• The dog must wear a vest purchased from NHS that has the words “Breed Ambassador” and an identifying number when outside the home and securely fenced yard.  
  • The dog must be re-tested by NHS every year
  • If at any time a “Breed Ambassador” is in violation of any pet ordinance the designation shall be revoked and the dog will be required to wear a muzzle.

How do I sign up for classes, the CGC test, and work toward a Breed Ambassador Designation? 
NHS is working to get these classes and testing times on our schedule and fast track as many people as possible before the January 1 muzzle requirement takes place. Click here for classes and schedules.

How do I get insurance?
The requirement for $100,000 liability insurance is not excessive.  Most homeowner insurance offers $100,000 to $300,000 worth of liability as a standard amount, while most renters insurance offers $100,000 as a standard amount.  If you have homeowners or renters insurance already—you likely are covered.  Check your policy to see what your liability coverage is.  If you are in doubt you can call your agent and simply ask how much liability coverage your policy carries.  Some insurance companies won’t cover certain breeds of dogs.  However, there are several that don’t exclude coverage if you own a large dog.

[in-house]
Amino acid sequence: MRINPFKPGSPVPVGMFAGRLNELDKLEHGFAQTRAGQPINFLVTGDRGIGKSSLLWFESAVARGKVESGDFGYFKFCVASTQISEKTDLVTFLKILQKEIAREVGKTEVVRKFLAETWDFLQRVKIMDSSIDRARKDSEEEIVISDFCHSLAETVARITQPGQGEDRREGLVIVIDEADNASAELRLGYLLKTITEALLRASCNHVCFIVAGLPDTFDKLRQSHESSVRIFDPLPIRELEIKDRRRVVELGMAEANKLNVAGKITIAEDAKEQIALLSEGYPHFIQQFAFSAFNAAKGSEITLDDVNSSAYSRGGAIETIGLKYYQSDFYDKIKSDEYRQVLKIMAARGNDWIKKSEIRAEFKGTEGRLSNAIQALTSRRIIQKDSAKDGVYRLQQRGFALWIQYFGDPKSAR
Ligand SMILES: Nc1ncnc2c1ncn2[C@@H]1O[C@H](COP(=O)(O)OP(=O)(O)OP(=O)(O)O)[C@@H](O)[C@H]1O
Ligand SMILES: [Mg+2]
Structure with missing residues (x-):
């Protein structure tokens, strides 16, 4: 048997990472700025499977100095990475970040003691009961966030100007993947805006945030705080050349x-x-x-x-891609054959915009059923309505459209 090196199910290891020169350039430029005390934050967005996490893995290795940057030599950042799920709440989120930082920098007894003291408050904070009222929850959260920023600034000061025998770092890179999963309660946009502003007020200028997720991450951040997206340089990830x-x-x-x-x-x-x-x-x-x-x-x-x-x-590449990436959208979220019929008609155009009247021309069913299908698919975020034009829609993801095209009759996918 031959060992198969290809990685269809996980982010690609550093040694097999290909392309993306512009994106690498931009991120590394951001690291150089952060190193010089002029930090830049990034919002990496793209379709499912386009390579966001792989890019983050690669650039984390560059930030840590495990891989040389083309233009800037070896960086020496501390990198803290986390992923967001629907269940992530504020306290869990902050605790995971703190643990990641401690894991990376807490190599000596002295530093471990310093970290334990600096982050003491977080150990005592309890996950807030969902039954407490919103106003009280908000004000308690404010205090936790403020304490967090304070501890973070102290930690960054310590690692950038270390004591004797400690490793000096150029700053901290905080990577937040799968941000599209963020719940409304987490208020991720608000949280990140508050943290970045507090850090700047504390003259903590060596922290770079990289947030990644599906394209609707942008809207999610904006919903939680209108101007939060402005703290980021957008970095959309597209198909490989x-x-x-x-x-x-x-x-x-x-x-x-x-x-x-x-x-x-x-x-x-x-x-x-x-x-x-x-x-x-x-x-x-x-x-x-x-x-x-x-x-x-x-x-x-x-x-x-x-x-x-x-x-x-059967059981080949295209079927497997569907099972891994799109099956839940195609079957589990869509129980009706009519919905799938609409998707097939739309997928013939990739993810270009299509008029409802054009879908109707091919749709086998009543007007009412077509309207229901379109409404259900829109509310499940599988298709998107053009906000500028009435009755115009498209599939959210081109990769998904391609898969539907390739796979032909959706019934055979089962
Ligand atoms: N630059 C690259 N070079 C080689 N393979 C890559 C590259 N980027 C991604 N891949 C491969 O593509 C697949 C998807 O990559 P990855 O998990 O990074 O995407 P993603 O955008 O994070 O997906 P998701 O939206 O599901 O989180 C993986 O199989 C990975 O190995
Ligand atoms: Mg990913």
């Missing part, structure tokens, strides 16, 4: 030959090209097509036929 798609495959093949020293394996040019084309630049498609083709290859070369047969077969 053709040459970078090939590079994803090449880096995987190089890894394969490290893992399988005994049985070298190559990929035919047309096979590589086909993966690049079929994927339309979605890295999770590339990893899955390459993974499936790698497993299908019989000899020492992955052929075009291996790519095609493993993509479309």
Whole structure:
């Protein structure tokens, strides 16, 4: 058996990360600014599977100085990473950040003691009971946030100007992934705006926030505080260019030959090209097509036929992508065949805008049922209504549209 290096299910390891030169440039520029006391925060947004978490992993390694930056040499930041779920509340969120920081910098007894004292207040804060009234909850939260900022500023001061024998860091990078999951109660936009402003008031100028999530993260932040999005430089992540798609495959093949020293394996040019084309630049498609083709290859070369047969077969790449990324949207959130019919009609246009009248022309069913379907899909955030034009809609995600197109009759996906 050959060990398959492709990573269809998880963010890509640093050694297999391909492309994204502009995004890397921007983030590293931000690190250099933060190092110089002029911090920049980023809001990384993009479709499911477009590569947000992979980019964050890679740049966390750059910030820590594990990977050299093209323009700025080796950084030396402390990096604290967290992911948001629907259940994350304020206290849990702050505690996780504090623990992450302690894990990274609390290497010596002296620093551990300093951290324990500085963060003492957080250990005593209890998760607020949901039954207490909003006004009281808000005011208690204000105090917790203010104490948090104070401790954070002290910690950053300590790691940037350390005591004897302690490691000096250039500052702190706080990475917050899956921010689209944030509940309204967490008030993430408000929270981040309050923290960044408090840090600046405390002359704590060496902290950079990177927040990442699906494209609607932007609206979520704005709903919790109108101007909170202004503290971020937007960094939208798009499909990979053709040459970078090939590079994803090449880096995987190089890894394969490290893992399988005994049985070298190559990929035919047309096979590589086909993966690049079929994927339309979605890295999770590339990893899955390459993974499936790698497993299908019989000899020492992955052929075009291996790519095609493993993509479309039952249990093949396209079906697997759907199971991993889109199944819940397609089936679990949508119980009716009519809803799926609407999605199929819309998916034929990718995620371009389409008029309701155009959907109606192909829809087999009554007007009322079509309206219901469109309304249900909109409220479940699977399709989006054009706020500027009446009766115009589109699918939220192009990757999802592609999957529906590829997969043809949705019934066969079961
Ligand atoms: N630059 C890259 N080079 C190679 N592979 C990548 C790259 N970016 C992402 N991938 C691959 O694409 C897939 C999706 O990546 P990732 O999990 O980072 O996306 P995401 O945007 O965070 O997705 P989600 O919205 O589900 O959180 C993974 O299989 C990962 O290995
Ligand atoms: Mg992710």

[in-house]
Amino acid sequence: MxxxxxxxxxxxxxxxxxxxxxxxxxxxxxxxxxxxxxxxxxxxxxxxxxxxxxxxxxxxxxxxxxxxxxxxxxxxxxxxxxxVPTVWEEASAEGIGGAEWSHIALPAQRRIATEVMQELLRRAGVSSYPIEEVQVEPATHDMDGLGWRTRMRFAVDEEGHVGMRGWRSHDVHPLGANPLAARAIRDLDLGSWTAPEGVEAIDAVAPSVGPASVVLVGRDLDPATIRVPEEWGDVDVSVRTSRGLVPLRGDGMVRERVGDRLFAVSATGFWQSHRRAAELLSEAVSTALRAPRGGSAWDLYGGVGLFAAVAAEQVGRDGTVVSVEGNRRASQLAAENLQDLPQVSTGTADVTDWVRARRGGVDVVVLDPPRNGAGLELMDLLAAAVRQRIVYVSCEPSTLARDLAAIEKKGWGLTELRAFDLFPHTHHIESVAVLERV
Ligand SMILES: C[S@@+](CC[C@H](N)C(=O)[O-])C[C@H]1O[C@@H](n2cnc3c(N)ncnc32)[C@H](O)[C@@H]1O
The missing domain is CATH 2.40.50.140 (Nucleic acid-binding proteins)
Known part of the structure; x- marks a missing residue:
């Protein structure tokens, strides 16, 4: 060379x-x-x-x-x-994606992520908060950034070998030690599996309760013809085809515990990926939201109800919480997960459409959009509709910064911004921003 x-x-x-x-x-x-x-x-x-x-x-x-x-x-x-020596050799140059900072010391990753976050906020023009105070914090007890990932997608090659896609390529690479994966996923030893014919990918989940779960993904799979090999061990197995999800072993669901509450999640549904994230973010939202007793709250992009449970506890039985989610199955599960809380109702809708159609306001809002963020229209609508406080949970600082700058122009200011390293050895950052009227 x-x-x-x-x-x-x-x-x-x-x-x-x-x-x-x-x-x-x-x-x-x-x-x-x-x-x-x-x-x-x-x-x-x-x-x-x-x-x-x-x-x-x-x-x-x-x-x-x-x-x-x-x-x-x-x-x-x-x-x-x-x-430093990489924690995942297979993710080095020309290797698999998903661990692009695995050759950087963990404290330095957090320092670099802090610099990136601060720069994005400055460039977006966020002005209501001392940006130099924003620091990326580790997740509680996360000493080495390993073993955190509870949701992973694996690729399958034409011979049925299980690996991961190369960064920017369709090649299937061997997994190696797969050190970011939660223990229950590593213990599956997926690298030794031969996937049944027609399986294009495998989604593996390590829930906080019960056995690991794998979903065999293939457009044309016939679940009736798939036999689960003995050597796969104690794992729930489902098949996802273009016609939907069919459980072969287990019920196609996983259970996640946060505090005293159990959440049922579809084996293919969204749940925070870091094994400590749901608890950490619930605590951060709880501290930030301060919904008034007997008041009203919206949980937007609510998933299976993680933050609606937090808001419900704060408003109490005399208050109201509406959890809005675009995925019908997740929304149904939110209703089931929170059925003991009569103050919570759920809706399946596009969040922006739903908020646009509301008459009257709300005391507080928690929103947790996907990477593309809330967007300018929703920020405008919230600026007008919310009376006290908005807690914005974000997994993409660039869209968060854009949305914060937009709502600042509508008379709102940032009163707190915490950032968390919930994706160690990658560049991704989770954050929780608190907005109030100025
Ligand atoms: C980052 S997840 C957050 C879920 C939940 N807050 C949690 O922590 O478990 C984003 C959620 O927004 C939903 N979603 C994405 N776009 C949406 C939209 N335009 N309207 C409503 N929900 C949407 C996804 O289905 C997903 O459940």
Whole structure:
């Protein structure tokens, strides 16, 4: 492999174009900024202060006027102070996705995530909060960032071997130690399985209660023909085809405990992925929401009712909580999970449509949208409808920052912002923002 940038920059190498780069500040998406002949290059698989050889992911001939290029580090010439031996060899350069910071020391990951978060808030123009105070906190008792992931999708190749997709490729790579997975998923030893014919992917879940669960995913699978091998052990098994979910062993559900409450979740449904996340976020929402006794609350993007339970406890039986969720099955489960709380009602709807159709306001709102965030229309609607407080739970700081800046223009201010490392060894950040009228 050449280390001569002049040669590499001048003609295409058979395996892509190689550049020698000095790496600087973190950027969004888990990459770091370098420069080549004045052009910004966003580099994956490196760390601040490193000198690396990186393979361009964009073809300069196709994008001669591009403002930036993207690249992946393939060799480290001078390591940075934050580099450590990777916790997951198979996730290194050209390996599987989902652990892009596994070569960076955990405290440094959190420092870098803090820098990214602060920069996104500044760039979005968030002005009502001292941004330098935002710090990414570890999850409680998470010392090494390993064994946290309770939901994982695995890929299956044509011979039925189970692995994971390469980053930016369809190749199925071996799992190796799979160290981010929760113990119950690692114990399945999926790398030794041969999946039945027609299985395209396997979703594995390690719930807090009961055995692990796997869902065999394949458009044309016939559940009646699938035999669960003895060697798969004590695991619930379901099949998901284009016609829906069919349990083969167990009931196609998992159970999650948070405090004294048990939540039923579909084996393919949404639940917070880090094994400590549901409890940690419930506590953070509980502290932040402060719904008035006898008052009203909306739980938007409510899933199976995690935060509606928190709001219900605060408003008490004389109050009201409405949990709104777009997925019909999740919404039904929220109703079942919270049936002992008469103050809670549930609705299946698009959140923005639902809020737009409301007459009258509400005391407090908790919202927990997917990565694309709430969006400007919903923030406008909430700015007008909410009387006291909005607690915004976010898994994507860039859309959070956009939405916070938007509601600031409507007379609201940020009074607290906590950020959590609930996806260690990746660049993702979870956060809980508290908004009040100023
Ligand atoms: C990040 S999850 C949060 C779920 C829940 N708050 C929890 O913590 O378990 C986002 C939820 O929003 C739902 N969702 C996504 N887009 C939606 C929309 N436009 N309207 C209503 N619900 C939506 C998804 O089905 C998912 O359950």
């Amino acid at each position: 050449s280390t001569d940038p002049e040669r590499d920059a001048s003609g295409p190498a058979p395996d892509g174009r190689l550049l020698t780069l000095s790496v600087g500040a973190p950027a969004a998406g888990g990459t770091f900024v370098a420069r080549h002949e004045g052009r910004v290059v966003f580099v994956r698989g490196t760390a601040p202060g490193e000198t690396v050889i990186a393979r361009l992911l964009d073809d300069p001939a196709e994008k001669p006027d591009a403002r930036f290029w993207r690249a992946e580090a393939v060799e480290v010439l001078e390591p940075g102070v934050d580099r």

Start off on the right foot and get your pet licensed today!  Through October 31, 2008 there will be no late fee assessed for people who still need to buy their 2008 license. Avoid a “first strike” toward a reckless owner declaration (and losing your pets) and license now!